“The Center of Excellence, BORDERS, consisted of the MIS (management information system) discipline, while our team from TAMIU was mainly from the social and behavioral sciences discipline, but I learned how essential it is to have both technical and social behavioral fields come together to do research on human trafficking,” said Almendarez. 

“There is a general lack of awareness of human trafficking and there is a great need for services to human trafficking victims,” Almendarez added.

The group worked with a number of different agencies and organizations in the Tucson and Phoenix area: Tucson Police Department, the Southern Arizona Center Against Sexual Assault, Sold No More (non-profit organization), the Federal Bureau of Investigation, the U.S. Attorney’s Office, Homeland Security Investigations personnel in Phoenix and Sells, and the Tohono O’odham Police Department.

“After speaking to people from different sectors all focused on human trafficking, I was most interested in what the advocacy groups and the assistant U.S. attorney had to say. These individuals worked directly with human trafficking victims by providing them health and/or legal services, which is something I would enjoy doing,” Almendarez said.

San Miguel added that through their various meetings and discussions with field practitioners, she and the students gained a deeper awareness of domestic human trafficking and a more profound appreciation for multi-agency cooperation to help identify/rescue victims as well as the need for more resources to combat this crime.

“Our country leads the way in terms of the rescue, rehabilitation, and reintegration of victims. What is needed, however, are more resources to combat human trafficking. More training is needed on identifying common indicators for domestic human trafficking victims. The identification of trafficking victims, however, is challenging, even for law enforcement officers and thus they, together with other key groups (e.g., medical/healthcare providers, educators, business/hospitality industry personnel, and social workers), must be guided to look for certain indicators.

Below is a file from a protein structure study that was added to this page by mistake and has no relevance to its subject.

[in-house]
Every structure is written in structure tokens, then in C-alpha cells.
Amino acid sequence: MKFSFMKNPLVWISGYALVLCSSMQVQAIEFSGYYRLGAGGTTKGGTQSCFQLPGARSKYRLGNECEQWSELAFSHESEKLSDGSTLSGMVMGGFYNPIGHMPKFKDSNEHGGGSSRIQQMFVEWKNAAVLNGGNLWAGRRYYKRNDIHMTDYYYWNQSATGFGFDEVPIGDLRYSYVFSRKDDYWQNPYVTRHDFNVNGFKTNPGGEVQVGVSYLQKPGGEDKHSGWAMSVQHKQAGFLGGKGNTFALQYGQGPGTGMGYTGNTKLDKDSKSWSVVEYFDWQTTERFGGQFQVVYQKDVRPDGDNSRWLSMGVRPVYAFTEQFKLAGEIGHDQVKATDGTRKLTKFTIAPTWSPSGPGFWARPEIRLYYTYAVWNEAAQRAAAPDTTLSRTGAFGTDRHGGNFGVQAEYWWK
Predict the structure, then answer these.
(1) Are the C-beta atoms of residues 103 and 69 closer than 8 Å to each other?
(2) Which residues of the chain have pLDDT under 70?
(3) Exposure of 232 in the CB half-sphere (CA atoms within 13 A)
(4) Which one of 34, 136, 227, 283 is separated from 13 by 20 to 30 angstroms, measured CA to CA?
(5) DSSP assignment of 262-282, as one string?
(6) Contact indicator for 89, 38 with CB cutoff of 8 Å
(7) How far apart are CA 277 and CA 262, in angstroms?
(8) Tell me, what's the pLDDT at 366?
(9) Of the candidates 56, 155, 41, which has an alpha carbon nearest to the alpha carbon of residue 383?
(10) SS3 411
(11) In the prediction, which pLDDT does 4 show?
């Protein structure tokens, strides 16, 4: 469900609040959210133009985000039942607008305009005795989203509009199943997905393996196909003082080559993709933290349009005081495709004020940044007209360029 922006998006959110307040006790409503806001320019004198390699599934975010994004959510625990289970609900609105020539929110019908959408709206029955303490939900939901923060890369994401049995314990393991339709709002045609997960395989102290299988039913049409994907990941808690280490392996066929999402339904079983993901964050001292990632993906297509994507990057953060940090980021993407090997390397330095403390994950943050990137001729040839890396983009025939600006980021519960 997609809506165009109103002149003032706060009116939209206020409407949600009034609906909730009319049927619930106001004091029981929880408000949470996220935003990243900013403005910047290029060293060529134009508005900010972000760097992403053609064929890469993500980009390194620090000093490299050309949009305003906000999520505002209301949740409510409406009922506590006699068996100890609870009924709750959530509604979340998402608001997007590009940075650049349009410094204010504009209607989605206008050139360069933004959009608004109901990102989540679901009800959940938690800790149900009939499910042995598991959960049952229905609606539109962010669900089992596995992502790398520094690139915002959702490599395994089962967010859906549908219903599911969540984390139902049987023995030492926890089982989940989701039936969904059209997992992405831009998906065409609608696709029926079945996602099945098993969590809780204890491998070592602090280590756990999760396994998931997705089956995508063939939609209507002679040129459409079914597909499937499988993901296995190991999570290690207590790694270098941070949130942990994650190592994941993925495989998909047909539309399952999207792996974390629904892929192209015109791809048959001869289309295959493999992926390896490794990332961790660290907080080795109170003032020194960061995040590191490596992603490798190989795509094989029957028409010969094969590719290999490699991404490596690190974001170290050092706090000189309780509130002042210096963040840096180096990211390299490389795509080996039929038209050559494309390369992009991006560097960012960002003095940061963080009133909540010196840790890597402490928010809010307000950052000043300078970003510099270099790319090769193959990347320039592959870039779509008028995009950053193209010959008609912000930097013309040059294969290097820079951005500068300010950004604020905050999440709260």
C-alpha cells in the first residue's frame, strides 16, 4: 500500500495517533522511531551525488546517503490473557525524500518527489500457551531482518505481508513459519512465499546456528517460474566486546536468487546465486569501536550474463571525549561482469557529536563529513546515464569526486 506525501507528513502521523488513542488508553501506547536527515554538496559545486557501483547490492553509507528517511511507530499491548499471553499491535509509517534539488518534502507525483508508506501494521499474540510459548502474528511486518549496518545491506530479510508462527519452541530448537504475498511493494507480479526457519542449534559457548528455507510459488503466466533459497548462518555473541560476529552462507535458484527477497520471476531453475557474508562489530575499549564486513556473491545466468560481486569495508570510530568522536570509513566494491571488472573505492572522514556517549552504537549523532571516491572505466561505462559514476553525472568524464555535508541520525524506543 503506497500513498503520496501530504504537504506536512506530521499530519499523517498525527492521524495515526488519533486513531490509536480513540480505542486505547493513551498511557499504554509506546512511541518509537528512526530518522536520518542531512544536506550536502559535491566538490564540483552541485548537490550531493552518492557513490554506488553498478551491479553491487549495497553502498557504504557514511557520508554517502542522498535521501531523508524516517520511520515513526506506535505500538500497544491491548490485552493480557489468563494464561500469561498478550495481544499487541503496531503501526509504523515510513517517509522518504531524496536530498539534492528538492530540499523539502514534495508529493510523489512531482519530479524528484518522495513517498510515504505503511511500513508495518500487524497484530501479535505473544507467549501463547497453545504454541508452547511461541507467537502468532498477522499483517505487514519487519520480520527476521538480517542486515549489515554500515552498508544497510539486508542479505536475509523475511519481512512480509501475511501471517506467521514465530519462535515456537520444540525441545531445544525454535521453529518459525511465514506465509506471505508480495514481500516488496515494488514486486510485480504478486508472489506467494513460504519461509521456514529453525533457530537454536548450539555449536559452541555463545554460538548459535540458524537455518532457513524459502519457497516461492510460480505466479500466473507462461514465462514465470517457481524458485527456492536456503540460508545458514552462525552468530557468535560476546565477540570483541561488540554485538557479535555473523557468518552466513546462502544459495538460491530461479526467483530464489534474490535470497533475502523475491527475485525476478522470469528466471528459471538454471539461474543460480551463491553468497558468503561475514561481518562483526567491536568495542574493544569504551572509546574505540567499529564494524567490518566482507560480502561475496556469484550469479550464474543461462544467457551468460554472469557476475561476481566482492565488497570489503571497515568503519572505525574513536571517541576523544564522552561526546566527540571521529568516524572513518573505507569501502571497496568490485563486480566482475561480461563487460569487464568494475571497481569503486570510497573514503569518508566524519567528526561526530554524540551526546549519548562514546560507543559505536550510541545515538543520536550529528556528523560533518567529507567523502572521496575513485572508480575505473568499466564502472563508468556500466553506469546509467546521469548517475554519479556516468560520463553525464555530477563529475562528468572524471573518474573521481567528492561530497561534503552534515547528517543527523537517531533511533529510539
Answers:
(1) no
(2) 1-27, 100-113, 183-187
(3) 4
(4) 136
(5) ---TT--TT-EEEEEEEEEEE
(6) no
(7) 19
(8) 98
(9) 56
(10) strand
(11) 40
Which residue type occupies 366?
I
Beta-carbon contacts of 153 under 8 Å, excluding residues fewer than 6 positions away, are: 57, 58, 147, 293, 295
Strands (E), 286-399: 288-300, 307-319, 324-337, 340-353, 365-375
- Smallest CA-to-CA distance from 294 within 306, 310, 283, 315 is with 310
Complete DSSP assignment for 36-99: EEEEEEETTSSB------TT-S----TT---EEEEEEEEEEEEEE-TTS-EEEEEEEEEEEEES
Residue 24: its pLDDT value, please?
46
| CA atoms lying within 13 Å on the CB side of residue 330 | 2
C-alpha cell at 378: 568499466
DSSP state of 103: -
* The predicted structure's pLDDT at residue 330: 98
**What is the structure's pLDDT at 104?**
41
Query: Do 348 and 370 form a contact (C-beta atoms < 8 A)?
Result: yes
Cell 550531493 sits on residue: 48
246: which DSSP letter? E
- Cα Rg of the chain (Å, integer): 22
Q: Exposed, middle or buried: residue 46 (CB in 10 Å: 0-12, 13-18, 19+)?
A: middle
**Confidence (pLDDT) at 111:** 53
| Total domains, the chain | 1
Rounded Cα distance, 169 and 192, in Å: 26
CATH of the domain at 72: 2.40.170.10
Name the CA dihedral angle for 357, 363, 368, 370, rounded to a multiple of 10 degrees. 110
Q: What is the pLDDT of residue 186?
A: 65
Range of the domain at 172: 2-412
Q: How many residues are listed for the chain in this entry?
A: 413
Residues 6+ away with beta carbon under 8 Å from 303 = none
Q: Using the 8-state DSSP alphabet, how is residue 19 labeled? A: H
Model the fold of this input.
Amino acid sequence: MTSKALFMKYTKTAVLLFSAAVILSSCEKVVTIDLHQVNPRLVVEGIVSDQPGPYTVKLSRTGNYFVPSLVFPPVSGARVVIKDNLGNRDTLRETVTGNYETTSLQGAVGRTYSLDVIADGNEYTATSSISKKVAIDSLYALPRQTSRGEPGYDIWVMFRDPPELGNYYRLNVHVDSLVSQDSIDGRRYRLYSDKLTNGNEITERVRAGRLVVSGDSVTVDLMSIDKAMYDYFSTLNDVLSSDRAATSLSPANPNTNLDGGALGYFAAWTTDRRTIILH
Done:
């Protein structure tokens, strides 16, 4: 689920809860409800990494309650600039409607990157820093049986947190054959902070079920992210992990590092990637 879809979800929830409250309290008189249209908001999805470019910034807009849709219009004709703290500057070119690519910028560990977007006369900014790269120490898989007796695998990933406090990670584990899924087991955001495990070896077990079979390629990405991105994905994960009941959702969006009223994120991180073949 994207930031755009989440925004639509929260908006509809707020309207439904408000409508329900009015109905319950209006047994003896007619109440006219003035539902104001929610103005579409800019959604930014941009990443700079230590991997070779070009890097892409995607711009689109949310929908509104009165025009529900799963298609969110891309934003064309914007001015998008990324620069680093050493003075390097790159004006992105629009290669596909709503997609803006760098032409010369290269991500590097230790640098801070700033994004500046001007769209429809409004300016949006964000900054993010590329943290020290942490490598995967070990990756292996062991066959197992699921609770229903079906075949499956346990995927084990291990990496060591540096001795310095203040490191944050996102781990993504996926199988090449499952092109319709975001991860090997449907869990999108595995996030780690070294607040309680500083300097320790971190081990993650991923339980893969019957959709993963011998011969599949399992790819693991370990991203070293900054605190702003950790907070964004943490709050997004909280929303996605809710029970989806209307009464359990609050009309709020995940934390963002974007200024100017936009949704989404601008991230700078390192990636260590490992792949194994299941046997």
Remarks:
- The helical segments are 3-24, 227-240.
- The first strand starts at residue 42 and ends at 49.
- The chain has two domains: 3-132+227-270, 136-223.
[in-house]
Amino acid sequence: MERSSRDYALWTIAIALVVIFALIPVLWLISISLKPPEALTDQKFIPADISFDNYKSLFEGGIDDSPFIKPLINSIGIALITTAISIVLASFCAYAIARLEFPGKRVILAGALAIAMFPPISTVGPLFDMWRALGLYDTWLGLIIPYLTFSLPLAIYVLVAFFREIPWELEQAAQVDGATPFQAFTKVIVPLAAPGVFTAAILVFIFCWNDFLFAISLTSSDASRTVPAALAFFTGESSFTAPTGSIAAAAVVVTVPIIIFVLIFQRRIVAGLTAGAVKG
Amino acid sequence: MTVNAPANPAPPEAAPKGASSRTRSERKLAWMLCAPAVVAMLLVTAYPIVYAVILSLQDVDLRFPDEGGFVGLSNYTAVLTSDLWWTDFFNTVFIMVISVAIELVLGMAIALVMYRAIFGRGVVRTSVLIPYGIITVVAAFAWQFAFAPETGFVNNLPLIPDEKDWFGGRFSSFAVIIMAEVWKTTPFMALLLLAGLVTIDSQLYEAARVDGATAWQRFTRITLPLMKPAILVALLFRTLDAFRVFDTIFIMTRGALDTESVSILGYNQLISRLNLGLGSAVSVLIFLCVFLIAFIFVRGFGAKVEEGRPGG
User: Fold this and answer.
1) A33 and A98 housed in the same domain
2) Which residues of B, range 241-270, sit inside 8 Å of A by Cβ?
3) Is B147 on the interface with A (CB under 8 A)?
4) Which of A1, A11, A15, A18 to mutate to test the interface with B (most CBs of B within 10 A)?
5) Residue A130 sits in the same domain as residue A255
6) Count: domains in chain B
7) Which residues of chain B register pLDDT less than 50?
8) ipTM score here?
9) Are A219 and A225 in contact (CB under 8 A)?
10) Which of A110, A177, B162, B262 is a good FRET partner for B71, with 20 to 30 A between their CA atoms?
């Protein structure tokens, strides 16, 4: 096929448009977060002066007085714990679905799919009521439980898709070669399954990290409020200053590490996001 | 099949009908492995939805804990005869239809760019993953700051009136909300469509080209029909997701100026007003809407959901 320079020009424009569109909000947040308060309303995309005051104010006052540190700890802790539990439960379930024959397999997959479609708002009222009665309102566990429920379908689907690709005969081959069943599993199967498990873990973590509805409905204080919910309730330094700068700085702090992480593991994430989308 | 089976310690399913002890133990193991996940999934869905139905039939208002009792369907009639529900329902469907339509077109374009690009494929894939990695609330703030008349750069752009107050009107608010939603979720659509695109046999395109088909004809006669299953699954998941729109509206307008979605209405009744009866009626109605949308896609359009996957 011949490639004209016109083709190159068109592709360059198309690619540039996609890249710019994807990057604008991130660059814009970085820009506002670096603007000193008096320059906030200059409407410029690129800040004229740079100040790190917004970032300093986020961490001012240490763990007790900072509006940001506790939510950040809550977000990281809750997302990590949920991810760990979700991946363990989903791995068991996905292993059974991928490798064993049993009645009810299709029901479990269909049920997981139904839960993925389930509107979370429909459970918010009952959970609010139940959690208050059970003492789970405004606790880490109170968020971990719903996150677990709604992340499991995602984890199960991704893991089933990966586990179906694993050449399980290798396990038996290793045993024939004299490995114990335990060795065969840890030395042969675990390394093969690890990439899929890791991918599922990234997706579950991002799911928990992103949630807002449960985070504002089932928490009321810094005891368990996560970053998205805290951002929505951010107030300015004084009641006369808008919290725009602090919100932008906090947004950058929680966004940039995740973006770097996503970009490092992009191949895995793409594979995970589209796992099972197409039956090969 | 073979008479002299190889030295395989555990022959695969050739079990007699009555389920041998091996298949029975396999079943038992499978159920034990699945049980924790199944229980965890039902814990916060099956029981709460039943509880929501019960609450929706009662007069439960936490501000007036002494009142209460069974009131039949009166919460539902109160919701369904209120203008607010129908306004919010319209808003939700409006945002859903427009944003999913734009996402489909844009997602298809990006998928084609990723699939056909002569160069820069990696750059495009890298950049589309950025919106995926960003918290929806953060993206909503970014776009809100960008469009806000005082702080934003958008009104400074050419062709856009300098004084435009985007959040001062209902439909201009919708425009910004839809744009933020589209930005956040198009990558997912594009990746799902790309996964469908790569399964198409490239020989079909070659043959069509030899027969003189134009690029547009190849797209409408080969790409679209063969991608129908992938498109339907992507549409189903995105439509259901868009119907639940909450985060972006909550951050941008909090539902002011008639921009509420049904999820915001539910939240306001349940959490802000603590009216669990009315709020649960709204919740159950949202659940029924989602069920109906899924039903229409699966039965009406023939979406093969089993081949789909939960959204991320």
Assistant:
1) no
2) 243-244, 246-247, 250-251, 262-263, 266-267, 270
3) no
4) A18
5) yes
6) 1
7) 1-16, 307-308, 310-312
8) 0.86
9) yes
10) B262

“Our research will help all key groups identify the push/pull factors that make individuals vulnerable to this crime and this will greatly help to rescue victims of human trafficking,” San Miguel explained.

The research, essential for law enforcement and victims of human trafficking, also created some changes in San Miguel’s students.

“Rosario gained a deeper appreciation of the societal issues that drive human trafficking and now wants to start a local project to combat this crime as well as help victims of human trafficking in our community. The experience has also solidified her desire to find a doctoral program that will help enhance her passion to help humankind. Andrea also found the research experience to be enriching. She received invaluable advice about her career path and I believe the experience will help her decide her future career goals,” San Miguel said.

They presented their results at a research meeting for the Center of Excellence in Tucson and plan to present their findings at the Academy of Criminal Justice Sciences Conference in Orlando, Florida in 2015 and at other academic conferences.

For more information, contact San Miguel at csanmiguel@tamiu.edu or call 956.326.2529.

University office hours are 8 a.m. – 5 p.m., Monday – Friday.

Additional information is also available @txamiu on Facebook, Twitter, YouTube and on the free TAMIU mobile phone and tablet application at www.tamiu.edu